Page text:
Another outstanding leader from the working-class was Enrique Varona González, railroad worker and union president, who organized workers connected to sugar production in the eastern provinces, including workers in the sugar fields, the sugar processing plants, the railroads, and the docks. He organized a strike with national repercussions of sugar agricultural and industrial workers in the eastern region in 1924. He was a major force in the forging of a national confederation of workers. Enrique Varona was assassinated on August 19, 1925 (Instituto de Cuba 1998:226).
On December 14, 1924, a National Worker Congress was held, in which industrial and agricultural workers from different regions of the country participated. This would lead to the formation, on August 7, 1925, of the Worker National Confederation of Cuba (CNOC for its initials in Spanish). It was the first nationwide confederation of workers’ organizations representing agricultural and industrial workers; and it included workers of various ideological tendencies, including anarchist-unionists, socialists, communists, and reformists. Its leading force was Alfredo López, who was assassinated in 1926 (Instituto de Cuba 1998:226).
In the societies of the North, the capitalist class was able to channel the labor movement in a reformist as against revolutionary direction through concessions to workers’ demands, which were made possible by profits generated though the super-exploitation of the colonies and neocolonies of the world-system. And the labor movement in the North developed in a context of ideological justifications of colonial domination, an ideology of racial superiority, and a social custom of racial segregation.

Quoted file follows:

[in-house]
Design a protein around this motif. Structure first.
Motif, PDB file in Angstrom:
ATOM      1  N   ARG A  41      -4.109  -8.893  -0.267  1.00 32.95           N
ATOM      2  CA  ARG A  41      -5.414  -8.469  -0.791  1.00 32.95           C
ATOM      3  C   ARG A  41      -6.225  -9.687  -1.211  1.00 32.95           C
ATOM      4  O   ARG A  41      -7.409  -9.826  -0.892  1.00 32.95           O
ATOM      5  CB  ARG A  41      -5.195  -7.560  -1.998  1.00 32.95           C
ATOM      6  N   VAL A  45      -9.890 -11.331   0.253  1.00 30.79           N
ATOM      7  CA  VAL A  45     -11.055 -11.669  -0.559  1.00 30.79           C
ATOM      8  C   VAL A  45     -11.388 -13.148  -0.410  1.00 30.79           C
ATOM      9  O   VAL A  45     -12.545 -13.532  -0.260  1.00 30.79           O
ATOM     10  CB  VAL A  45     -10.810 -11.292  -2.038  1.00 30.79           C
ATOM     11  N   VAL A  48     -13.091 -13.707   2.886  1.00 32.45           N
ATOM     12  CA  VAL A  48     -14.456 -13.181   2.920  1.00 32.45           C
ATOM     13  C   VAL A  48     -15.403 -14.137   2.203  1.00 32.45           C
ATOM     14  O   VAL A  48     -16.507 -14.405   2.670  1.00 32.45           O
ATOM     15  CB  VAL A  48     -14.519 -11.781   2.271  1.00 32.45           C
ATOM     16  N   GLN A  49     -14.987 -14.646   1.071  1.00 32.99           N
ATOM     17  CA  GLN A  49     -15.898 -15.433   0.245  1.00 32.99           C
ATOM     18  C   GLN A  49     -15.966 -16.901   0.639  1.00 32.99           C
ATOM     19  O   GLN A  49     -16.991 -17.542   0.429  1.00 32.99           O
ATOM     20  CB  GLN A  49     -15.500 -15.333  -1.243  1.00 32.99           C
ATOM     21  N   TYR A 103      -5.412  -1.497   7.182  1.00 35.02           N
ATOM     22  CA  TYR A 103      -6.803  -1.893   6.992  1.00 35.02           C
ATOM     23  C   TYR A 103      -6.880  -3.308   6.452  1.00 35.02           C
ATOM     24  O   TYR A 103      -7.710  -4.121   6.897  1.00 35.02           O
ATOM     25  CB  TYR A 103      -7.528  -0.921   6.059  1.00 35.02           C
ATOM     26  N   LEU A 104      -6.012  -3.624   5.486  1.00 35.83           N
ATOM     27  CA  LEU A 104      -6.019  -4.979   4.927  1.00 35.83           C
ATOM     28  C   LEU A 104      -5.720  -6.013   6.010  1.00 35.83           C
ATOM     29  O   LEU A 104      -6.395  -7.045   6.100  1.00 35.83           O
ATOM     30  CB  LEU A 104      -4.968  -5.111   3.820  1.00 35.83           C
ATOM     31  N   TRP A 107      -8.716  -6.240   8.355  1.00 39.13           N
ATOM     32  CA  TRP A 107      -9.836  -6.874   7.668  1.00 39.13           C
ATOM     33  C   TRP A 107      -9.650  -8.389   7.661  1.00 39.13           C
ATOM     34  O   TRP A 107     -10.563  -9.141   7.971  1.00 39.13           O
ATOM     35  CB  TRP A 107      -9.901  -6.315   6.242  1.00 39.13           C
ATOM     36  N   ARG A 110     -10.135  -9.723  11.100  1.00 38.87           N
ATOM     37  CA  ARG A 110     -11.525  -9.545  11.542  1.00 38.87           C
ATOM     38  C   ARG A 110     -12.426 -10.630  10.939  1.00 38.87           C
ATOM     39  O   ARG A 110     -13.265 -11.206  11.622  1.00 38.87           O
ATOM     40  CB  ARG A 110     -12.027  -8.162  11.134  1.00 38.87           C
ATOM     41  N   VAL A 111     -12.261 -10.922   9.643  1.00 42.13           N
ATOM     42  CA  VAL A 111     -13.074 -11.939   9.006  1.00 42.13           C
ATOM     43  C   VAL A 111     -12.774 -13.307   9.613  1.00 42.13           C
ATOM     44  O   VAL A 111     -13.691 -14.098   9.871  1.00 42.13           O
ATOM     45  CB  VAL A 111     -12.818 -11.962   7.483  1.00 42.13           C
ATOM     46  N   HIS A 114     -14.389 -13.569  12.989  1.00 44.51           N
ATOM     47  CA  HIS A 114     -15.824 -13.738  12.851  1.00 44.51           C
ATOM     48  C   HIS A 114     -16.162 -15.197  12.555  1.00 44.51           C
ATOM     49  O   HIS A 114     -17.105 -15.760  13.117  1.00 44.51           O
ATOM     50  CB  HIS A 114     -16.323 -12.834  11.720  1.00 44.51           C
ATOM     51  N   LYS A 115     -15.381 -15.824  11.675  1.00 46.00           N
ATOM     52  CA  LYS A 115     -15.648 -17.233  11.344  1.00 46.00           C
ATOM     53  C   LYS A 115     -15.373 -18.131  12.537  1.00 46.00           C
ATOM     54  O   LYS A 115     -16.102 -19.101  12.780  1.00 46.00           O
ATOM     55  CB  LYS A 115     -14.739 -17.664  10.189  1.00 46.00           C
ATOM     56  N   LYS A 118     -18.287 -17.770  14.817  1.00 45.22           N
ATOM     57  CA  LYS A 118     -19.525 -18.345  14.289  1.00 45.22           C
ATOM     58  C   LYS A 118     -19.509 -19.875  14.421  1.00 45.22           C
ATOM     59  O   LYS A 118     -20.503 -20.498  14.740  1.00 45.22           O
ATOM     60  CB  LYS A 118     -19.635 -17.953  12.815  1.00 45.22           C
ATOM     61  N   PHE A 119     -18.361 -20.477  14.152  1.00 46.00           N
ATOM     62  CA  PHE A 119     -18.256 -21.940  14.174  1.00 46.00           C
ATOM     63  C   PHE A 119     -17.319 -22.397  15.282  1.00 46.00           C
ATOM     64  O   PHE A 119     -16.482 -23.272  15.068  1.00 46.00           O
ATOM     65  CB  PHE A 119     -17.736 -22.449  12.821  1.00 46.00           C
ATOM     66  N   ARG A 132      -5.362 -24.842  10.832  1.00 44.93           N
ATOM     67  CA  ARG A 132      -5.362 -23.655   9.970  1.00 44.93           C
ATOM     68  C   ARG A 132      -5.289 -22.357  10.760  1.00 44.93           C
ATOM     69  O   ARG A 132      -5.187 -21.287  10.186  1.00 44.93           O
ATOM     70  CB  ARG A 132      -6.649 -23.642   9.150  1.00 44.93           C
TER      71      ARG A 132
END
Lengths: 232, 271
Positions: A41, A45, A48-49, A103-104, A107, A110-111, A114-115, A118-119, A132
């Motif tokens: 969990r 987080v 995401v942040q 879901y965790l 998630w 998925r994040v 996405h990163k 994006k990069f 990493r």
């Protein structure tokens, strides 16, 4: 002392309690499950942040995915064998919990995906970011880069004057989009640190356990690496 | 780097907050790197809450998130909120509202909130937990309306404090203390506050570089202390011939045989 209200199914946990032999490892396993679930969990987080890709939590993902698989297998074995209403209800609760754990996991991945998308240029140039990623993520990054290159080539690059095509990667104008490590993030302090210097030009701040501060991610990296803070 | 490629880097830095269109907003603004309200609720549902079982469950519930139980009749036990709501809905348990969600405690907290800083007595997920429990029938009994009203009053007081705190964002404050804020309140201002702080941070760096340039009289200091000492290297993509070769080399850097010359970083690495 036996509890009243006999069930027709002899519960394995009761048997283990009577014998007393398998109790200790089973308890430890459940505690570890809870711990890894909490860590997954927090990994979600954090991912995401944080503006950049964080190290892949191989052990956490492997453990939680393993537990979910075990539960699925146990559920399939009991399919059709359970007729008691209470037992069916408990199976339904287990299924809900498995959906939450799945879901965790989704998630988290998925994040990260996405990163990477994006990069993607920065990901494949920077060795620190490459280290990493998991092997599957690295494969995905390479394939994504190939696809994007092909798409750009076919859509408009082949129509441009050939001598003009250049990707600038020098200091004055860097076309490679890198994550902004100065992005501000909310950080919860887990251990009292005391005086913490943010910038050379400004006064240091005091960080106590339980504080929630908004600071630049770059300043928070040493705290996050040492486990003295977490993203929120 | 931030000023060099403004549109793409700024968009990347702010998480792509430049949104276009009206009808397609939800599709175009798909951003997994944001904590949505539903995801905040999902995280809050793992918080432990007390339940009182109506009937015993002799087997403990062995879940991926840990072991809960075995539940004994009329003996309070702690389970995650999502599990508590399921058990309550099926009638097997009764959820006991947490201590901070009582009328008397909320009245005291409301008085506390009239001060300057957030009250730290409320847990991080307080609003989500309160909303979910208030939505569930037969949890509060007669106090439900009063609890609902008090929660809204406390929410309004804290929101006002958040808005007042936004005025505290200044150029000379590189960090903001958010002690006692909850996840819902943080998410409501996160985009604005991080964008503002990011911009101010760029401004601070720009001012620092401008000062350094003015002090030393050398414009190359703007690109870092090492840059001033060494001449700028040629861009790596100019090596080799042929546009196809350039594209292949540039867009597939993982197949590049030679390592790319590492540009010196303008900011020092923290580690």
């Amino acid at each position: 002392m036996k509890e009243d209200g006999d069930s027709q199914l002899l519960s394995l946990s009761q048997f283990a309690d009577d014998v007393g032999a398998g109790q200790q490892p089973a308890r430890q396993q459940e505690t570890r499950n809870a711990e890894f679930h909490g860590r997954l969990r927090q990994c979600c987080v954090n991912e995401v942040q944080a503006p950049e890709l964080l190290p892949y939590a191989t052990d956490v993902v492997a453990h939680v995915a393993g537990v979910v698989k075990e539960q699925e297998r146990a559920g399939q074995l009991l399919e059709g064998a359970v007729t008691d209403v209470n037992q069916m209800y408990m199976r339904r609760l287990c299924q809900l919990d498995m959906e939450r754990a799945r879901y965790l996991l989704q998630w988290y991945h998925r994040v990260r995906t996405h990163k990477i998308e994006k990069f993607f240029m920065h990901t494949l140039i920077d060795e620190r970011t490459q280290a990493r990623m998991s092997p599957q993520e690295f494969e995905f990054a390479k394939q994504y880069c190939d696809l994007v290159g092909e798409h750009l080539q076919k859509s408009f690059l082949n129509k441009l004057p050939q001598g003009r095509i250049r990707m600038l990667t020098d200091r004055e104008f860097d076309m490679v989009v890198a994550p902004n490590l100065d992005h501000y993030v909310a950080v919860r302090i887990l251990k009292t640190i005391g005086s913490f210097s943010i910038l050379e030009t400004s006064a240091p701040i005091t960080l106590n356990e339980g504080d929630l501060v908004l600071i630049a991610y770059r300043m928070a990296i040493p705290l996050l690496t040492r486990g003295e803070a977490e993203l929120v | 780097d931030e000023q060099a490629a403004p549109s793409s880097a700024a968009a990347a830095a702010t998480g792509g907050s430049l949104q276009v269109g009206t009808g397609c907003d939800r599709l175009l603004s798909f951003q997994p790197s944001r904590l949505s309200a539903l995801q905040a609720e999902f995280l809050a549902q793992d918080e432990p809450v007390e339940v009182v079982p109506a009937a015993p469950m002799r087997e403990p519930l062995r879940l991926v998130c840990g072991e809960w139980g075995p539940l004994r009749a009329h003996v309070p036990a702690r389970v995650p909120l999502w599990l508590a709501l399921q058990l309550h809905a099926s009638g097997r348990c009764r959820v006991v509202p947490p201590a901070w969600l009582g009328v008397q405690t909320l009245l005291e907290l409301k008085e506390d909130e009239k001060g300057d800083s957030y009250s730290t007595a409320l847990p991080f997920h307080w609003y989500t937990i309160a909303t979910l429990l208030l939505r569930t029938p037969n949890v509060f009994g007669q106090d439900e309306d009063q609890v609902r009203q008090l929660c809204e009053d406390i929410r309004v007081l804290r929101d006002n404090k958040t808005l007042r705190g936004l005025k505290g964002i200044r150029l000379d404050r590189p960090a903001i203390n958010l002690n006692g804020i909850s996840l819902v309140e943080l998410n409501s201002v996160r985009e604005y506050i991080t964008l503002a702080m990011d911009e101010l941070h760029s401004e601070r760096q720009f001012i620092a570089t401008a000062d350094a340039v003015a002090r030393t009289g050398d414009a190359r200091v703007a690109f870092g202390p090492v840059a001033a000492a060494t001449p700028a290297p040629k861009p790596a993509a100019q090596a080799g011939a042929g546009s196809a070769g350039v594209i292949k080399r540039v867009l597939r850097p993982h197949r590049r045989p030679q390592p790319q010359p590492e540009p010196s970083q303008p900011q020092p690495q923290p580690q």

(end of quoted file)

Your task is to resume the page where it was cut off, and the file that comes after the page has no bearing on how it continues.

But the workers’ movement in Cuba developed in a different context that would channel it toward revolution. When it emerged during the first two decades of the neocolonial republic, popular consciousness in Cuba already had taken significant steps to overcome social divisions among whites, blacks, and mulattos, as a result of the legacy of Martí. As the contradictions of the neocolonial republic became evident, popular consciousness of the neocolonial situation would continue to develop. Thus, in the 1920s, the labor movement in Cuba began to evolve in a form integrally tied to a popular struggle for national liberation, which saw the resolution of the problems confronted by each sector as necessarily tied to the national problem of foreign domination. As a result, the Cuban proletarian movement would evolve as part of an integral movement that addressed interrelated issues of race, class, gender, and imperialism; and that included diverse actors, such as industrial workers, agricultural workers, small farmers, students, women, small merchants, professionals, and intellectuals. An inclusive popular movement was emerging in practice, and it would lift up charismatic leaders who would formulate an integral popular revolutionary understanding.
We will be looking at the unfolding of this integral popular movement in subsequent posts.
Instituto de Historia de Cuba. 1998. La neocolonia. La Habana: Editora Política.
Vitier, Cintio. 2006. Ese Sol del Mundo Moral. La Habana: Editorial Félix Varela.
Key words: Third World, revolution, colonialism, neocolonialism, imperialism, democracy, national liberation, sovereignty, self-determination, socialism, Marxism, Leninism, Cuba, Latin America, world-system, world-economy, development, underdevelopment, colonial, neocolonial, blog Third World perspective, Cuban Revolution, neocolonial republic, workers, labor movement